Hi James,


Thank you for the info/validation. What I had in mind was the ability to define the (HBase per cell) timestamp arbitrarily for each upsert statement, but more broadly there seems to be at least three levels of granularity:


1)      Per cell/column timestamp – where each column in the upsert statement could define a separate timestamp (this may make the syntax quite unwieldy, but offers the most flexibility). At first glance this hurts my head especially wrt honouring the timestamps on primary keys & secondary indexes that are defined over multiple columns where a parts of the index/row could disappear at different times.

2)      Per row timestamp – my original use-case where all of the cells in the row receive the same timestamp.

3)      Per connection – As you say, probably the simplest/least impacting as this could be passed as a connection property. I believe it will also be possible to emulate (2) by using multiple connections, one per retention policy duration, so maybe this is a good starting point.


I’m new to the project so will dive into the code to get my bearings before pulling together a plan of attack.


Thanks again,



From: James Taylor [mailto:jamestaylor@apache.org]
Sent: September 23, 2015 10:59
To: James Taylor
Cc: user
Subject: Re: Setting a TTL in an upsert


Also, for more information on (2), see https://phoenix.apache.org/faq.html#Can_phoenix_work_on_tables_with_arbitrary_timestamp_as_flexible_as_HBase_API


On Wed, Sep 23, 2015 at 10:55 AM, James Taylor <jamestaylor@apache.org> wrote:

Hi Alex,

I can think of a couple of ways to support this:

1) Surface support for per Cell TTLs (HBASE-10560) in Phoenix (PHOENIX-1335). This could have the kind of syntax you mentioned (or alternatively rely on a connection property and no syntactic change would be necessary, and then in MutationState (where Phoenix produces HBase Mutations), you'd need to use the HBase API to set the TTLs. You'd also need to deal with setting secondary index rows to have the same TTLs as their data rows.

2) Use the CurrentSCN property at connection time for UPSERT calls to future date the cell timestamp. You'd also need to set the CurrentSCN property for readers above any value you used at UPSERT time as otherwise you wouldn't see the data you wrote.


If you're up for it, (1) would be a nice contribution and definitely a viable feature.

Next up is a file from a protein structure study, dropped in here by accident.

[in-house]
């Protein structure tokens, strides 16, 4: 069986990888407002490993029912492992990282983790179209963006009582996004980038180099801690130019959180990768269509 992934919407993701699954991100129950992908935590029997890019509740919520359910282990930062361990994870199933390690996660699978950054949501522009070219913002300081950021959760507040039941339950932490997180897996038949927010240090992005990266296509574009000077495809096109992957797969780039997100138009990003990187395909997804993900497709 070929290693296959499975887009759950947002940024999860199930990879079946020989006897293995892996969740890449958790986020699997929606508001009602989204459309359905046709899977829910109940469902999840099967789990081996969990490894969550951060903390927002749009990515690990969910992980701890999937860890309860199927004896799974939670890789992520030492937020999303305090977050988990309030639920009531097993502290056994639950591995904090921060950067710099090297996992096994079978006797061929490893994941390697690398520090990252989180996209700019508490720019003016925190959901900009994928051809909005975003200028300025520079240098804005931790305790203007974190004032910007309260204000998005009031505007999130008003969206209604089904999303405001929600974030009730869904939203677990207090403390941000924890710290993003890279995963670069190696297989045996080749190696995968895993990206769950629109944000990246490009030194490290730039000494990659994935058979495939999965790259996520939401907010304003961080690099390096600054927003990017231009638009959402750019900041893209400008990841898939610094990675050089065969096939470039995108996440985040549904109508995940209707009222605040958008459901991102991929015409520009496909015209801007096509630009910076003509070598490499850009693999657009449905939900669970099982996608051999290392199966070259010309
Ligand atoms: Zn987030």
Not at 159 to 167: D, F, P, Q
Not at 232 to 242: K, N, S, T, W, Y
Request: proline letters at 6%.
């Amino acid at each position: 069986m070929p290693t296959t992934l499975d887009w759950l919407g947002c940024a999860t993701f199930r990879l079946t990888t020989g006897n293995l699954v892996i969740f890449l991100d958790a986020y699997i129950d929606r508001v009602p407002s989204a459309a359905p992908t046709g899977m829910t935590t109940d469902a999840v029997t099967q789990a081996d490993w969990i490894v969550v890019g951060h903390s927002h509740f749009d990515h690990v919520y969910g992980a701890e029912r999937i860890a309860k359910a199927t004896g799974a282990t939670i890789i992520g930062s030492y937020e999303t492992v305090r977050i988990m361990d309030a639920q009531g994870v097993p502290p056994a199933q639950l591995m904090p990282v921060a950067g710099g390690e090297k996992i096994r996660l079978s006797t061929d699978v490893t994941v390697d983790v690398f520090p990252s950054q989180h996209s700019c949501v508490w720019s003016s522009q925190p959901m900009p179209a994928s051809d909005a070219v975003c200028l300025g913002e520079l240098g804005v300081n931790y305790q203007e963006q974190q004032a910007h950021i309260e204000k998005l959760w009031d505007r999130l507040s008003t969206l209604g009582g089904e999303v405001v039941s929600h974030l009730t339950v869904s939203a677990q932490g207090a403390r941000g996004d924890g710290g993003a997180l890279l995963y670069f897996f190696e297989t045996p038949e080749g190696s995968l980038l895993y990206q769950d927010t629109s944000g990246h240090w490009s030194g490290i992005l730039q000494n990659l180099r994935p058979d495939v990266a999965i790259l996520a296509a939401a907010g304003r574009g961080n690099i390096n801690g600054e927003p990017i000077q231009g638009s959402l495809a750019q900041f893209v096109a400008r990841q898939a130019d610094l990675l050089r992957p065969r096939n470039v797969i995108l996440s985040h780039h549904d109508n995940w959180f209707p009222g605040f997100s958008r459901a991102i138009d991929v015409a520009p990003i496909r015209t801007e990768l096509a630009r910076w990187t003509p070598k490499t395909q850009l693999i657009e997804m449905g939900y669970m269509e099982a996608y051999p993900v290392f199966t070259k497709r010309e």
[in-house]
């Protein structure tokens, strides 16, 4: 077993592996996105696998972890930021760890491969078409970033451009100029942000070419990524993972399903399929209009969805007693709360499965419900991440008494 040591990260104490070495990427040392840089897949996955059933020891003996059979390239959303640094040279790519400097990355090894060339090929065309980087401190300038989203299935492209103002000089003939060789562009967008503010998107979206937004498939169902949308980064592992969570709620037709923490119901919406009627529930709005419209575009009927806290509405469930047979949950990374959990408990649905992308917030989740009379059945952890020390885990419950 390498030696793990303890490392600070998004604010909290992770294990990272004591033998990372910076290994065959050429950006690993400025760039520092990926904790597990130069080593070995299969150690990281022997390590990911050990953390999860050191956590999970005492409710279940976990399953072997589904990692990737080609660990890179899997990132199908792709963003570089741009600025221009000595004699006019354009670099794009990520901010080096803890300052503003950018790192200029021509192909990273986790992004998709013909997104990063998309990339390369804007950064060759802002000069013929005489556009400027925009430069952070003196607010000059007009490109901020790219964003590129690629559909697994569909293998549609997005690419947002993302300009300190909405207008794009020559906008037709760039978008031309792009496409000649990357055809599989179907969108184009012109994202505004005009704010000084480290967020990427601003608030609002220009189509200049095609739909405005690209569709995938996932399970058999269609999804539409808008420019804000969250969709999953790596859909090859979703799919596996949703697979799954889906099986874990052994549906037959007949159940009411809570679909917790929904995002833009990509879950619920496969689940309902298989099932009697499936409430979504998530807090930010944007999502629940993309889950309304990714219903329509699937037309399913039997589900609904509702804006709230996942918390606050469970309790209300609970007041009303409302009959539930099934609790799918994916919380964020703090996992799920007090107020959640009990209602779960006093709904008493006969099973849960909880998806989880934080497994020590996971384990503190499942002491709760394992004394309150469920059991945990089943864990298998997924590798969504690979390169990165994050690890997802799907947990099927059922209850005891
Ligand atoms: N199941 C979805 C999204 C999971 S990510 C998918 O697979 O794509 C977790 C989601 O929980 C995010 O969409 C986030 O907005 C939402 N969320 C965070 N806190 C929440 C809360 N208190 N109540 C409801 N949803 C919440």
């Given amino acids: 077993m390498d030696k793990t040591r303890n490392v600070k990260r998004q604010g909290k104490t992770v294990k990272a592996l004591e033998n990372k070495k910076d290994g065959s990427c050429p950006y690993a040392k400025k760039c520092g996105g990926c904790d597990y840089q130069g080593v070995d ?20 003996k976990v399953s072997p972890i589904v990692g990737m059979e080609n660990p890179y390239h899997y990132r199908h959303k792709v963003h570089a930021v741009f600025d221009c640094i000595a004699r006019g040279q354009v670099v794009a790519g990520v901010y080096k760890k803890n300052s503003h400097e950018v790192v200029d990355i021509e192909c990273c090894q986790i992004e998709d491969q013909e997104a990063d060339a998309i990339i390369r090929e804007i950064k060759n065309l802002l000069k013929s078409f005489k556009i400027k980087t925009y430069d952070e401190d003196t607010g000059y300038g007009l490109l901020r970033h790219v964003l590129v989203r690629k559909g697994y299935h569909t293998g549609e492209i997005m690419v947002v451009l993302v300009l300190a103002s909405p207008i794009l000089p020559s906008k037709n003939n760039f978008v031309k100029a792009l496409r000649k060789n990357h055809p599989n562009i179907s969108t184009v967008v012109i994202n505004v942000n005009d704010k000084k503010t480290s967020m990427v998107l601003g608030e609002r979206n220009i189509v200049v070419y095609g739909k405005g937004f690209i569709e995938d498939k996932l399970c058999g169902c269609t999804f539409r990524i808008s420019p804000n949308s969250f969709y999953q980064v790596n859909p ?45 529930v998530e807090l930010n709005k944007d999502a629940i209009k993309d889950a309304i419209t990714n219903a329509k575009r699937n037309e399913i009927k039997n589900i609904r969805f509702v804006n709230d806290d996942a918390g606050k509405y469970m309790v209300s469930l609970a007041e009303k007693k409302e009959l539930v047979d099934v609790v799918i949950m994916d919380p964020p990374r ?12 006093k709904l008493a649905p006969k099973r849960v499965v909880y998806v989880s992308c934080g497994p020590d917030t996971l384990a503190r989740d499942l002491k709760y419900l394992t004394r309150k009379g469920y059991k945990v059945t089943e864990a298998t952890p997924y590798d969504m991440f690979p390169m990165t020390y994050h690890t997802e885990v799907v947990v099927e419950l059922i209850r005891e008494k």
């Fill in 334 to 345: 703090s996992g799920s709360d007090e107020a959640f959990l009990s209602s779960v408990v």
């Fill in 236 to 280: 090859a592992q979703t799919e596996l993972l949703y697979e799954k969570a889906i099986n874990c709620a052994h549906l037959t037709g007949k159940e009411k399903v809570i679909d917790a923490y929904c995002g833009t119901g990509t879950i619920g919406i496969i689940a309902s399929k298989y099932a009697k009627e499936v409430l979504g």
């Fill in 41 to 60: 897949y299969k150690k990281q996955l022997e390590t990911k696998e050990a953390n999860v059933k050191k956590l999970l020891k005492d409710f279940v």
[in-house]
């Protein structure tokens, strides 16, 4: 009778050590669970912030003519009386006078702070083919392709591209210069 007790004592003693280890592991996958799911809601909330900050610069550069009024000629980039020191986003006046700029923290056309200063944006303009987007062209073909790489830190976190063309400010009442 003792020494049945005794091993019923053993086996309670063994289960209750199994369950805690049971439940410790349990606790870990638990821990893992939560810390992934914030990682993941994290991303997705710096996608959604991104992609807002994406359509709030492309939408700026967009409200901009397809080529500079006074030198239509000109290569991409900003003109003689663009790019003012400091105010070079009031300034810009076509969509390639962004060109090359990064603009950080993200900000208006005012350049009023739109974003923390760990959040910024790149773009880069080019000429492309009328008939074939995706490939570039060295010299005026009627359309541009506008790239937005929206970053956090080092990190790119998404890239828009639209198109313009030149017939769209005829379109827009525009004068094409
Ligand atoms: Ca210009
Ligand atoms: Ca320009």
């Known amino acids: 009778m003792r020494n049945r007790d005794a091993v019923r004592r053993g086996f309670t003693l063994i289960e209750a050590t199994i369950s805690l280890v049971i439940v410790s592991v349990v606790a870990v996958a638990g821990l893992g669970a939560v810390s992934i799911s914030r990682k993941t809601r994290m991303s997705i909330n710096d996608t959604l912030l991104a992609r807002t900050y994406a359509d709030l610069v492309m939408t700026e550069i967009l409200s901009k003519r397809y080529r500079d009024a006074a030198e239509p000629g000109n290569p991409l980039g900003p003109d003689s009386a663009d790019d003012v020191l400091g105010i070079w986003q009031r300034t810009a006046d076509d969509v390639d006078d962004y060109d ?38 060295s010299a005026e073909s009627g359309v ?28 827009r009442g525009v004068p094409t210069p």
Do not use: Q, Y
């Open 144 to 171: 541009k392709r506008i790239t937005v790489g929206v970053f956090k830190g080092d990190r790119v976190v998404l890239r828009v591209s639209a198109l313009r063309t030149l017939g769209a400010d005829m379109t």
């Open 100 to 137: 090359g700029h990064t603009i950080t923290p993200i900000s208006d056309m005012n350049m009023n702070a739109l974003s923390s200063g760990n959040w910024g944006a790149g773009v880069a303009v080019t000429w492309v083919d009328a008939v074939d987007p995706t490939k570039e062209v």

On Wed, Sep 23, 2015 at 9:08 AM, Alex Loffler <Alex.Loffler@telus.com> wrote:


Thanks for the response – would this be a viable feature request? We’re moving from using raw HBase to Phoenix and would like to use this ‘countdown’ feature to allow for different rows in the same table to have different retention times. Instead of having to index a user created TTL column and create a script to manually garbage collect the stale rows, we could continue to leverage HBase’s TTL mechanism to automatically exclude the rows and physically delete them on the next major compaction.

From the documentation, Phoenix supports TTL on secondary indexes as long as they are created with the same value as the base table, which would be perfect!



From: Yuhao Bi [mailto:byh0831@gmail.com]
Sent: September 23, 2015 00:31
To: user
Subject: Re: Setting a TTL in an upsert


As I know, we can only set a ttl in create table stage corresponding to HBase table ttl.

CREATE TABLE IF NOT EXISTS my_schema.my_table (
    org_id CHAR(15), entity_id CHAR(15), payload binary(1000),
    CONSTRAINT pk PRIMARY KEY (org_id, entity_id) )

See http://phoenix.apache.org/language/index.html#create_table for more grammar detail.


2015-09-23 15:11 GMT+08:00 Alex Loffler <Alex.Loffler@telus.com>:



Is it possible to define the TTL of a row (or even each cell in the row) during an upsert e.g:


upsert into test values(1,2,3) TTL=1442988643355;


Assuming the table has a TTL this would allow per-row retention policies (with automatic garbage-collection by HBase) by e.g. setting the upsert TTL to a time in the future.


For example if the TTL on the table is set to 60 (seconds), a row with a desired retention policy of 1 year could be upserted with a TTL=now() + 1 year.


Thanks in advance,